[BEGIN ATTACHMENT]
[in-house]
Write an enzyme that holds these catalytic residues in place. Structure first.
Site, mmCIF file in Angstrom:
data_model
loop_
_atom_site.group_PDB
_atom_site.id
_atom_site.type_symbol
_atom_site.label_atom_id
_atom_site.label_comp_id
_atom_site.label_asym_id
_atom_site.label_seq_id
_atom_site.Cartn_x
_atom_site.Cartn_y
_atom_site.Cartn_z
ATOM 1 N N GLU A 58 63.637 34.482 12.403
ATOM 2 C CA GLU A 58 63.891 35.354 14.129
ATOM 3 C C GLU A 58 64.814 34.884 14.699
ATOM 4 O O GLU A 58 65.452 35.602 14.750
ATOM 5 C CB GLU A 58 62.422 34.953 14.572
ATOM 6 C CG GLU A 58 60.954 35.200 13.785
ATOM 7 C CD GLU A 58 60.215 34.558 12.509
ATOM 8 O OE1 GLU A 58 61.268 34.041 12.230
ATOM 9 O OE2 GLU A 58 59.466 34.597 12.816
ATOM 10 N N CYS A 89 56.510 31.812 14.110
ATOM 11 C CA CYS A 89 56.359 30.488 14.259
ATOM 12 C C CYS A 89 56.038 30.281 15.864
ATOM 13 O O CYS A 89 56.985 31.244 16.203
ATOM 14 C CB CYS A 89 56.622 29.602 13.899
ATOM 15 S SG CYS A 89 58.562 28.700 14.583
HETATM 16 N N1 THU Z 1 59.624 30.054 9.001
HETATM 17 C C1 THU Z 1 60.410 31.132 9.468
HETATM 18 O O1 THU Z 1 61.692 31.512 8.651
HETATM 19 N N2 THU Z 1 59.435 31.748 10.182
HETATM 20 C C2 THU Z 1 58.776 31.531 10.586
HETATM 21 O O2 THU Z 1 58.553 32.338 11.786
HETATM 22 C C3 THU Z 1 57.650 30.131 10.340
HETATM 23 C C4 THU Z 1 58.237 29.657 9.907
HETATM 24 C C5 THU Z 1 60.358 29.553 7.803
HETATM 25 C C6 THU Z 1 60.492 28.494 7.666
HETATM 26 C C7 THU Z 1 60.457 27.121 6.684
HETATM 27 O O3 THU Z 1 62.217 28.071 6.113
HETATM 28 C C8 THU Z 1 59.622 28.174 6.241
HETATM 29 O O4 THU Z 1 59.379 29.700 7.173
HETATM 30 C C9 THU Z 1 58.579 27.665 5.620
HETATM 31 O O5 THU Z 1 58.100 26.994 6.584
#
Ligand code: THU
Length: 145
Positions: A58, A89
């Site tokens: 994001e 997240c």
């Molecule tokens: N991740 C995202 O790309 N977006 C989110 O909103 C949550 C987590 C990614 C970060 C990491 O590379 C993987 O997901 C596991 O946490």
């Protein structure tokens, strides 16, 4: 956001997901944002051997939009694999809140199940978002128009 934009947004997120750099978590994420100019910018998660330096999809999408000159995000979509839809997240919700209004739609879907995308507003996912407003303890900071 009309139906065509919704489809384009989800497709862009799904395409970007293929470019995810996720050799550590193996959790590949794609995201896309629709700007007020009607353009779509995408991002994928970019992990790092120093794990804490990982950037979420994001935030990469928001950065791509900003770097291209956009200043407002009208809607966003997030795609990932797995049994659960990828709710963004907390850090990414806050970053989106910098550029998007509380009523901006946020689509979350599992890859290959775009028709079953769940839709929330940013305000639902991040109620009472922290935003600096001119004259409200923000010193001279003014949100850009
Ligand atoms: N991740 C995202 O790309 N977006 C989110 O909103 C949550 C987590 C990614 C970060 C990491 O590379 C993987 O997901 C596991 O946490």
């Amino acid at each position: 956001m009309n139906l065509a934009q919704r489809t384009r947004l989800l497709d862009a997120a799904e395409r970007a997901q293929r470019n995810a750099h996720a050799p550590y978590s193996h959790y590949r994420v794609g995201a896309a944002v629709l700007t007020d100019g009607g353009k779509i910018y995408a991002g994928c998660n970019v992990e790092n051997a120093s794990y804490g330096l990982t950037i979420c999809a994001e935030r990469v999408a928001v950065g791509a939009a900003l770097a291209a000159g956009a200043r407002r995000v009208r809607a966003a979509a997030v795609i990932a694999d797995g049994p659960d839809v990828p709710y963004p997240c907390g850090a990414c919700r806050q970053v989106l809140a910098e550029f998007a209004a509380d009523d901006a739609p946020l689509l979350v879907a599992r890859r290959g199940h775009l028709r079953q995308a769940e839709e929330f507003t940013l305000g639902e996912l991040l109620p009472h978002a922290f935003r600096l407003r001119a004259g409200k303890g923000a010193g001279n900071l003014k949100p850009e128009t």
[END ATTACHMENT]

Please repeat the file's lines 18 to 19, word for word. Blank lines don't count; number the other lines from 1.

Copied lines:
ATOM 3 C C GLU A 58 64.814 34.884 14.699
ATOM 4 O O GLU A 58 65.452 35.602 14.750